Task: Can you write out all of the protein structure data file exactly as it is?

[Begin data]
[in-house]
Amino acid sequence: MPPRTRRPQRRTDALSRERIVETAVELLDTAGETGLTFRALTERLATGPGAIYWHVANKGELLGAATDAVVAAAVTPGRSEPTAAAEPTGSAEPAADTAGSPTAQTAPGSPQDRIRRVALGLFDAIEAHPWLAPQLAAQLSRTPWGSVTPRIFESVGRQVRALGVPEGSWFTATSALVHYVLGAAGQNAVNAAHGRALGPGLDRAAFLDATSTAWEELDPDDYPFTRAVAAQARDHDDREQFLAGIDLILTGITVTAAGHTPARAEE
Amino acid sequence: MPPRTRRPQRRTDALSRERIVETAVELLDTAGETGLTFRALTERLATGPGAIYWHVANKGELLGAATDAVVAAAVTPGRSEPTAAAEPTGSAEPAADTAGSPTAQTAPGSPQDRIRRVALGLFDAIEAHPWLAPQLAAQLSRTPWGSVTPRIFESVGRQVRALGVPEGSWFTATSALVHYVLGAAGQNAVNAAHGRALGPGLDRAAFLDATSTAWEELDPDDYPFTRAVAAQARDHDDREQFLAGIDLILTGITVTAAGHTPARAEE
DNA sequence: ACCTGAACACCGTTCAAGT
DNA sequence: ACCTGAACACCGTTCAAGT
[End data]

[in-house]
Amino acid sequence: MPPRTRRPQRRTDALSRERIVETAVELLDTAGETGLTFRALTERLATGPGAIYWHVANKGELLGAATDAVVAAAVTPGRSEPTAAAEPTGSAEPAADTAGSPTAQTAPGSPQDRIRRVALGLFDAIEAHPWLAPQLAAQLSRTPWGSVTPRIFESVGRQVRALGVPEGSWFTATSALVHYVLGAAGQNAVNAAHGRALGPGLDRAAFLDATSTAWEELDPDDYPFTRAVAAQARDHDDREQFLAGIDLILTGITVTAAGHTPARAEE
Amino acid sequence: MPPRTRRPQRRTDALSRERIVETAVELLDTAGETGLTFRALTERLATGPGAIYWHVANKGELLGAATDAVVAAAVTPGRSEPTAAAEPTGSAEPAADTAGSPTAQTAPGSPQDRIRRVALGLFDAIEAHPWLAPQLAAQLSRTPWGSVTPRIFESVGRQVRALGVPEGSWFTATSALVHYVLGAAGQNAVNAAHGRALGPGLDRAAFLDATSTAWEELDPDDYPFTRAVAAQARDHDDREQFLAGIDLILTGITVTAAGHTPARAEE
DNA sequence: ACCTGAACACCGTTCAAGT
DNA sequence: ACCTGAACACCGTTCAAGT